Saturday, June 13, 2009

Action Listeners

In my last blog I recorded a dismal failure to hand-code a data connection from within NetBeans, but an eventually successful connection using a hand coded app run from the command line. I therefore resigned myself to learning Swing, so that I could rebuild my Java Math Test by hand.

The lessons in the Swing Trail are generally very well written, in sharp contrast to this in the JDBC Trail. Each lesson is illustrated with a mini app, and a link to the complete code is provided early in the lesson, along with a screen shot to the app running, and a JNLP link to run it from within the browser. If you choose to download the code, it compiles and runs without a glitch.

My only criticism, or suggestion for an improvement, would be the addition of a few "application" (in the literal sense of the word) lessons, which combine features from different sub-trails.

My own particular interest is in combining GridBag layout with Event or Action Listeners. You'd think it would be simple enough, but I am having great difficulty either adding event listening code to a test app using the GridBag layout, or converting a sample event listening app to the GridBag layout.

My first preference would be to add an Action Listener to to an app using the GridBag layout, because I have already built a front end using code from the component and layout lessons.

Many of the component lessons include some even handling code, but I refer to the Introduction to Event Listeners lesson, because it lays out the theory from first principles. Like other lessons in the Swing trail it provides the full code for an example, and it then goes on to say: "Here is the code that implements the event handling for the button:

public class Beeper ... implements ActionListener {
... //where initialization occurs:
button.addActionListener(this);
...
public void actionPerformed(ActionEvent e) {
...//Make a beep sound... } }

So it looks as if there are just three easy steps to adding event listener code to an existing class. First you add "implements ActionListener" to the class declaration, then you add the line "button.addActionListener(this);" somewhere in the code defining the button, and finally you write a method for the event: "public void actionPerformed(ActionEvent e) { ... }. That looks simple enough. I shall begin with a shortened version of the GridBag code, and add these lines one by one.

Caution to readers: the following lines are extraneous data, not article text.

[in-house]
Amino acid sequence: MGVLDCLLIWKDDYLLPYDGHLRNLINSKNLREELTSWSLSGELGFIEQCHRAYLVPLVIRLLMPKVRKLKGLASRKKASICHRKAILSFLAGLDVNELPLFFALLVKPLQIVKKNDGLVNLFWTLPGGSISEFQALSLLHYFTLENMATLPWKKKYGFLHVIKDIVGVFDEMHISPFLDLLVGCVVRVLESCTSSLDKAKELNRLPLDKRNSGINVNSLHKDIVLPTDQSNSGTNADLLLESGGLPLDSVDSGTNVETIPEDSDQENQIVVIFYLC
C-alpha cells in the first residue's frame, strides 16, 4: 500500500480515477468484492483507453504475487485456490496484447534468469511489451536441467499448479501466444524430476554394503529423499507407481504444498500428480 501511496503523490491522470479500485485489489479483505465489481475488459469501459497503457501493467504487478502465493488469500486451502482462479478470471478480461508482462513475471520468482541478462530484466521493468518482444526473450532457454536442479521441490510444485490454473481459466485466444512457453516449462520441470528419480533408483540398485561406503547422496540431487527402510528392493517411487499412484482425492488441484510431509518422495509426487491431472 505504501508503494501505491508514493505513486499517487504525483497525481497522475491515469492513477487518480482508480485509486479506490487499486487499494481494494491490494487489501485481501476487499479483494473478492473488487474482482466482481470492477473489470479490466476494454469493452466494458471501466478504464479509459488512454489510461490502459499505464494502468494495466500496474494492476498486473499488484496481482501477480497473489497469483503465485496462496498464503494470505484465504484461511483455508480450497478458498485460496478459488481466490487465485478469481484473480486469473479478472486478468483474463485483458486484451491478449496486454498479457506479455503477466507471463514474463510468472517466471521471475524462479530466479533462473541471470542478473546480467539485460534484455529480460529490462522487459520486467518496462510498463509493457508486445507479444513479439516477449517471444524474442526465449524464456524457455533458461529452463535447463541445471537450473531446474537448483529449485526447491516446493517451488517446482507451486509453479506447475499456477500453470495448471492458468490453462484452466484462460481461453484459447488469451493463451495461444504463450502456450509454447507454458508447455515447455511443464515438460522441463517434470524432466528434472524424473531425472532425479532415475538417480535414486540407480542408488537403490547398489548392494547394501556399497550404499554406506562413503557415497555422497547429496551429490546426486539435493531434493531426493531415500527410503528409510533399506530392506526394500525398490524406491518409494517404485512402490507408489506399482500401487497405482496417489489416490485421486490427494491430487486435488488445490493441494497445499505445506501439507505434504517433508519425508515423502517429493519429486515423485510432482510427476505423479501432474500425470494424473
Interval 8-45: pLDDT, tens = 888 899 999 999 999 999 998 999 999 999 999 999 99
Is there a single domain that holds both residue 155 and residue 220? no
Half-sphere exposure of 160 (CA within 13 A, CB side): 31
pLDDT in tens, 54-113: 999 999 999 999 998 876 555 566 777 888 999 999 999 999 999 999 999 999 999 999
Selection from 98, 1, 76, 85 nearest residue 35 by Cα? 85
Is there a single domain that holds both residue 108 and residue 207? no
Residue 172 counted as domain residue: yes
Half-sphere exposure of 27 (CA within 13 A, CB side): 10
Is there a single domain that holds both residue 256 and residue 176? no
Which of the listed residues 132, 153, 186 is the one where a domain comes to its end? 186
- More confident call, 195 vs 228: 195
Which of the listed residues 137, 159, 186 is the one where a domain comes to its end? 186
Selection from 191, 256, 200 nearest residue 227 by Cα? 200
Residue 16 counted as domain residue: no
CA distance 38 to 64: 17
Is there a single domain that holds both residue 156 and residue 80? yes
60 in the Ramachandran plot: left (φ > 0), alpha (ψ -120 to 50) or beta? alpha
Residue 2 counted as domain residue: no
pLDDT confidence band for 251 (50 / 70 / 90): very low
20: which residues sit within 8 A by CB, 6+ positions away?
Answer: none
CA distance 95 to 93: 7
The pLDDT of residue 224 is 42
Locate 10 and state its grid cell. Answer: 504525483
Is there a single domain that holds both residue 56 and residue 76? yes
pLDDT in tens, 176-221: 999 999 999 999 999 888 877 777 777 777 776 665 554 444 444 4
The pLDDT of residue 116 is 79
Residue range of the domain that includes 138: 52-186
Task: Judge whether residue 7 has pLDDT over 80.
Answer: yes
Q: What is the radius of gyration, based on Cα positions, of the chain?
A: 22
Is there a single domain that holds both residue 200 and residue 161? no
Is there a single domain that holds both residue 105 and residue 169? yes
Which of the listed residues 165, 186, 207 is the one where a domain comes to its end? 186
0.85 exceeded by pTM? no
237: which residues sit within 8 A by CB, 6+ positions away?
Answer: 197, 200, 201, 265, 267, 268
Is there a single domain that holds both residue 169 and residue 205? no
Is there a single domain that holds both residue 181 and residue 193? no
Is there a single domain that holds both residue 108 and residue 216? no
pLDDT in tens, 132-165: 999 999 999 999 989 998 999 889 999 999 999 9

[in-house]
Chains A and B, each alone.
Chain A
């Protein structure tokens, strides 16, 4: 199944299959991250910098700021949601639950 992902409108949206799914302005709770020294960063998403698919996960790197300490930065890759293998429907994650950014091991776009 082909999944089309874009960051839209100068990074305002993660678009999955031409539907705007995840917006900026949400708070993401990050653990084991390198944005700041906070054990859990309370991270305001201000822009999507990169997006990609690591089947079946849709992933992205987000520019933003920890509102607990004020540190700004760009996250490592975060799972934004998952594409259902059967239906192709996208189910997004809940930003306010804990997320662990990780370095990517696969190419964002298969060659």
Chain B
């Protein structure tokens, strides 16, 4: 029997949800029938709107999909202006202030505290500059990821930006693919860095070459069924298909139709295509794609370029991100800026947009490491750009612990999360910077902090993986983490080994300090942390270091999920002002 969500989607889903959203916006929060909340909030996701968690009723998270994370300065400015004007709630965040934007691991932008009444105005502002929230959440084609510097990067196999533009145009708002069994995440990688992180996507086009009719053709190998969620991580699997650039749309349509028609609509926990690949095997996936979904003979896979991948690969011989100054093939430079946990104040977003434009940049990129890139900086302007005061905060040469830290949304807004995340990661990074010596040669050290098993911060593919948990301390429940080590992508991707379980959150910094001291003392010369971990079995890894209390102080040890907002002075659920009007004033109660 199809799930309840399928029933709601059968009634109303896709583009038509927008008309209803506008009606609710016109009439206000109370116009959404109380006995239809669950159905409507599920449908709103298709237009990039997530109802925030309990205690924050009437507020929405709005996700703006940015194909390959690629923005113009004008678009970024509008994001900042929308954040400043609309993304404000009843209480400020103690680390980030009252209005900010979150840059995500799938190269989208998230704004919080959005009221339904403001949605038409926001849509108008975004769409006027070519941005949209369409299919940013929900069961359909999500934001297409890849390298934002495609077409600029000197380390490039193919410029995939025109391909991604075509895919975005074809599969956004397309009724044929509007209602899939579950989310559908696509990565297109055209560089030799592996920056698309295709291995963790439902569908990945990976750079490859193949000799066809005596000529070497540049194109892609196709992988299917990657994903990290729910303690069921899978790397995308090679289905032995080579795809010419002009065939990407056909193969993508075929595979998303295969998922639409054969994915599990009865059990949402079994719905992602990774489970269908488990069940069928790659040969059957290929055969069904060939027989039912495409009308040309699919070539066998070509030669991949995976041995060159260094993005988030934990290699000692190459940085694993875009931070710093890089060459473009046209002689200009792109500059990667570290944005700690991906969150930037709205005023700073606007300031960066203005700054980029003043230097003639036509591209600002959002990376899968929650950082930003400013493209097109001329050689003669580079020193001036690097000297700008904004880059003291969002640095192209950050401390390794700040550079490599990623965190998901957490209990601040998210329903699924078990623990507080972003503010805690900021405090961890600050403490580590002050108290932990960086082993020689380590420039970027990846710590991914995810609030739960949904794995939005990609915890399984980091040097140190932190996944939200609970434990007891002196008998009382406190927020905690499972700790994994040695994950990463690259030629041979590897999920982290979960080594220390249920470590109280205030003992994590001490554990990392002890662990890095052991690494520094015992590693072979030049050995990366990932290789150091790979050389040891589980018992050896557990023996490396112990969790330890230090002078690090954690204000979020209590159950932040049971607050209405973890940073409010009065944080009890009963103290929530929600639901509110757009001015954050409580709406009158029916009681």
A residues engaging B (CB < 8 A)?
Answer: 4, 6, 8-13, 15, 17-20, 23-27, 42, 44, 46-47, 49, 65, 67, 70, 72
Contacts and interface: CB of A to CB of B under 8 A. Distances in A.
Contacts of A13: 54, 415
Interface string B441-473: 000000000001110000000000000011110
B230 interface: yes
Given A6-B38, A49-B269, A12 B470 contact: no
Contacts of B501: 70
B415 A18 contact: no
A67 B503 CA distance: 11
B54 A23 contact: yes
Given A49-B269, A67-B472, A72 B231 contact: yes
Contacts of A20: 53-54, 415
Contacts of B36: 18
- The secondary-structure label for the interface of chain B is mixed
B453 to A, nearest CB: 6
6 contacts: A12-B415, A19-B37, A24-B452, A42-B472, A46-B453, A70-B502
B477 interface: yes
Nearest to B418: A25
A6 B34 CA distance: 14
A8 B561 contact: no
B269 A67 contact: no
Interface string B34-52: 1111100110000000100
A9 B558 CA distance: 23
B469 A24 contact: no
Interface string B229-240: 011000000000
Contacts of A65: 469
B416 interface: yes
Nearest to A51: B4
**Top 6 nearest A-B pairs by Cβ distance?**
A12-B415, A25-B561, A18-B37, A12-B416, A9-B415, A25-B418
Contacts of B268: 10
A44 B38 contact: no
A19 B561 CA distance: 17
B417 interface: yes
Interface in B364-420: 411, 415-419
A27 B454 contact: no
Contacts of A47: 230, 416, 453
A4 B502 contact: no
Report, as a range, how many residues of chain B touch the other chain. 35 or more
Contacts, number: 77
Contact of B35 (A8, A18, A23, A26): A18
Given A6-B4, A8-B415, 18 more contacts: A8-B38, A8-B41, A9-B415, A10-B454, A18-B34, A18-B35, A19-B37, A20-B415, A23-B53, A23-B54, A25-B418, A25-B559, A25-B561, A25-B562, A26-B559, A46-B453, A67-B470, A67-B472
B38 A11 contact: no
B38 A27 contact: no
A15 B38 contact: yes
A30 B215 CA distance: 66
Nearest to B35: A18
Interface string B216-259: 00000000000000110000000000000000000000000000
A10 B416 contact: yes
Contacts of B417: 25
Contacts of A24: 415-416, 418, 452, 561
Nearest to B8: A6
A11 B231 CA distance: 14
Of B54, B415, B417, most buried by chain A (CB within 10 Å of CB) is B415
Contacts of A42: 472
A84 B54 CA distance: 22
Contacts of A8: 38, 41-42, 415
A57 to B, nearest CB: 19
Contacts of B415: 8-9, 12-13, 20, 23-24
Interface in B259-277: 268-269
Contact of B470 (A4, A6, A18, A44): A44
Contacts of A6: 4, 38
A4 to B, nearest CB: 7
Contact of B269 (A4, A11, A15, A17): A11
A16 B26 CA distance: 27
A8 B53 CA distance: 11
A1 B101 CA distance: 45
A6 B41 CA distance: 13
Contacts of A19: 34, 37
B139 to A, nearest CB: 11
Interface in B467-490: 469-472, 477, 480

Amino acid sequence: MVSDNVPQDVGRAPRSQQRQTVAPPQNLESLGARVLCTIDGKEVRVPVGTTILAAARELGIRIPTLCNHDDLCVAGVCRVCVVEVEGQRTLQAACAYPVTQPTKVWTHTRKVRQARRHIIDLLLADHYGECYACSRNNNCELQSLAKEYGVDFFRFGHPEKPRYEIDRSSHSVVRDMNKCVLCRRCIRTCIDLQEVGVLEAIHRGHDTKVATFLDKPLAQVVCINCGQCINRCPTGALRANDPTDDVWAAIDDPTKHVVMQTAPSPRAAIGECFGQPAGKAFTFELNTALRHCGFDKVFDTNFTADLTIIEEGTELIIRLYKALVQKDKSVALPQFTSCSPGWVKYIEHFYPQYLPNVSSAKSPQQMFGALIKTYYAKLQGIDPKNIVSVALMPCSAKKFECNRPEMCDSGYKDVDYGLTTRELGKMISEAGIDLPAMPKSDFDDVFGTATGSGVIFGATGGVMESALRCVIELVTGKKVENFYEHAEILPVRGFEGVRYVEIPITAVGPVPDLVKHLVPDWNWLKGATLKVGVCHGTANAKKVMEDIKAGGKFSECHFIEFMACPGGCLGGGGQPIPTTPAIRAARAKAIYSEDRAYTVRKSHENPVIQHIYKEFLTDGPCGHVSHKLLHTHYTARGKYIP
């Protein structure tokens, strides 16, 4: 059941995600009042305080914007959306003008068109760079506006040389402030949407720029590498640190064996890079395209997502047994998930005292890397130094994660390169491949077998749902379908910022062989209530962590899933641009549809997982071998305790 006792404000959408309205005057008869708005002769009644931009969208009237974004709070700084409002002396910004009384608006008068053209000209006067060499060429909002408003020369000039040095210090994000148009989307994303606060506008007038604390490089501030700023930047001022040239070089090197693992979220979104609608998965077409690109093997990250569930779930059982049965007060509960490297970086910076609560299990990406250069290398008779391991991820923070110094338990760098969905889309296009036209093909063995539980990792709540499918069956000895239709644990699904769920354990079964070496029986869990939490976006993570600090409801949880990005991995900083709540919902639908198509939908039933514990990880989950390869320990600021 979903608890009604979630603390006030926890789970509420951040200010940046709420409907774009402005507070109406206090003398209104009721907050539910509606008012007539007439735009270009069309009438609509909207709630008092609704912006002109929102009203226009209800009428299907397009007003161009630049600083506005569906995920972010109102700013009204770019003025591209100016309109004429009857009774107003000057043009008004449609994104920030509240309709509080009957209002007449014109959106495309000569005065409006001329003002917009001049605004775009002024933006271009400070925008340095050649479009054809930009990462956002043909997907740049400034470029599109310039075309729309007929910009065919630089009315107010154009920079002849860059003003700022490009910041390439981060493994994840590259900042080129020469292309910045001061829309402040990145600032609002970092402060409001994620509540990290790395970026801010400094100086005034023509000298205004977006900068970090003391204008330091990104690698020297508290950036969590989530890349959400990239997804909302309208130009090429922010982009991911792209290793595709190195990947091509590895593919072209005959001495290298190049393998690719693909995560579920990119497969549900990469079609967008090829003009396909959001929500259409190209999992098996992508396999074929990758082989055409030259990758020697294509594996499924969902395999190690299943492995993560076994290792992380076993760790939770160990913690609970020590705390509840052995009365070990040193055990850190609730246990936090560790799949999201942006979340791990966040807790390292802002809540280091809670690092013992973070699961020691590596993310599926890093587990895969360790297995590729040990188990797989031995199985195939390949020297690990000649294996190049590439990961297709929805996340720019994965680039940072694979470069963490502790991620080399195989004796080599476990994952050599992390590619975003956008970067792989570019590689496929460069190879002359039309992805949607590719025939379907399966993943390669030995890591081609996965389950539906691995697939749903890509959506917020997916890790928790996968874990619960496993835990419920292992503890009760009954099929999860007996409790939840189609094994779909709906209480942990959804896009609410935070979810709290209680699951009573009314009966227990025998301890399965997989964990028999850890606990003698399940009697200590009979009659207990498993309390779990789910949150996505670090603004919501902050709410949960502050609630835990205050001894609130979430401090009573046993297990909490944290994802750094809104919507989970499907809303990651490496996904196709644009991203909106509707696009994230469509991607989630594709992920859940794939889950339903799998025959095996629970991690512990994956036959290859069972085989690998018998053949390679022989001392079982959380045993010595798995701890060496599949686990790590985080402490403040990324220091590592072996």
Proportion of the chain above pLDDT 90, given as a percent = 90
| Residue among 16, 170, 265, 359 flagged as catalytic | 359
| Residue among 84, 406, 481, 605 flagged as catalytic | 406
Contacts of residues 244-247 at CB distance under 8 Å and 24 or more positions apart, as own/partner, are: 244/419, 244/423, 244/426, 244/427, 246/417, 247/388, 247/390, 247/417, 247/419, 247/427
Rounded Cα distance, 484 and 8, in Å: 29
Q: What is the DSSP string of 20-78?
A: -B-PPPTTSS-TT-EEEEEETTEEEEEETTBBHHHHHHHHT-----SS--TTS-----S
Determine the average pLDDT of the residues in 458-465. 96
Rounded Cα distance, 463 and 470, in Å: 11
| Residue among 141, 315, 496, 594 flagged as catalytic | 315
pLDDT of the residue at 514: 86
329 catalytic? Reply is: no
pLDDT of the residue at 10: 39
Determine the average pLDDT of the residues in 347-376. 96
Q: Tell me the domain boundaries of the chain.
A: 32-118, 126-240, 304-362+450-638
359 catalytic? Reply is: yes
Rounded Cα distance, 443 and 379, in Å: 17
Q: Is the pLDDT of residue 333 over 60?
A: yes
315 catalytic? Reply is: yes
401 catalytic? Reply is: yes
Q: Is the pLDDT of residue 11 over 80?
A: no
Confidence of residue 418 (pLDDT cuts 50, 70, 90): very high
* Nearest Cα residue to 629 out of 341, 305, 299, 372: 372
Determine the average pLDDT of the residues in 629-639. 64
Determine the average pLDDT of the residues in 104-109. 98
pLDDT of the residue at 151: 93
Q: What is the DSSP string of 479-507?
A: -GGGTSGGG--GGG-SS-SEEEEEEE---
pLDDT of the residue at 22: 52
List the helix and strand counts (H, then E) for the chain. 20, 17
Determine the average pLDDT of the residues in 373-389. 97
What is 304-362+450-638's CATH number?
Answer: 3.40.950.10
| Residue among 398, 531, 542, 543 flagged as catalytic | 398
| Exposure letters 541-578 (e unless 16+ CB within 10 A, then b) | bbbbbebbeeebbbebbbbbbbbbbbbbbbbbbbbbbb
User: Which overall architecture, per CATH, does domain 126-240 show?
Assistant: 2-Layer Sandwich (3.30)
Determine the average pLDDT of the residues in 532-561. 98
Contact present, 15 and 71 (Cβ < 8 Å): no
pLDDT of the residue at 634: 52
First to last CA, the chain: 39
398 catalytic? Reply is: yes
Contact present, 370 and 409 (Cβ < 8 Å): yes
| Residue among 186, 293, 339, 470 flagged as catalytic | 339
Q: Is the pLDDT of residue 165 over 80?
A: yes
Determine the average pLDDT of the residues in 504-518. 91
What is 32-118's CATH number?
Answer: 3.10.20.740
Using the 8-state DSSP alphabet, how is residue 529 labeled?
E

First I compile and run the existing code to check that it really works. It does. Then I add "implements ActionListener" to the class declaration. When I try to compile I get the error:

GBLD1.java:12: cannot find symbol
symbol: class ActionListener
public class GBLD1 implements ActionListener {

So I add:

import java.awt.event.ActionEvent;
import java.awt.event.ActionListener;
import java.awt.event.KeyEvent;

to the import list and try again. I now get the error message:

GBLD1.java:17: GBLD1 is not abstract and does not override abstract method  actionPerformed(java.awt.event.ActionEvent) in java.awt.event.ActionListener
public class GBLD1 implements ActionListener {

For completeness, I'll add the action listener to the button and try to compile again. Now there is a new error:

GBLD1.java:25: non-static variable this cannot be referenced from a static context
button.addActionListener(this);

This error message opened a whole can of worms, and prompted me to post a question in the swing forum.

To cut a long story short the answer was to replace the word "this" with an instance of the class as follows:

button.addActionListener(new GBLD2());

where GBLD2 was the classname of my test app. This enabled me to insert an action listener into my Gridbag test app, such that the main button gives a beeping sound when clicked. The method to produce the beep was:

public void actionPerformed(ActionEvent e) {
Toolkit.getDefaultToolkit().beep();
}

So far this is all I have managed by way of action code. Any attempt to reference objects on the form generates errors. According to the thread, I need to refer back to the lessons on "static, instance, and reference".

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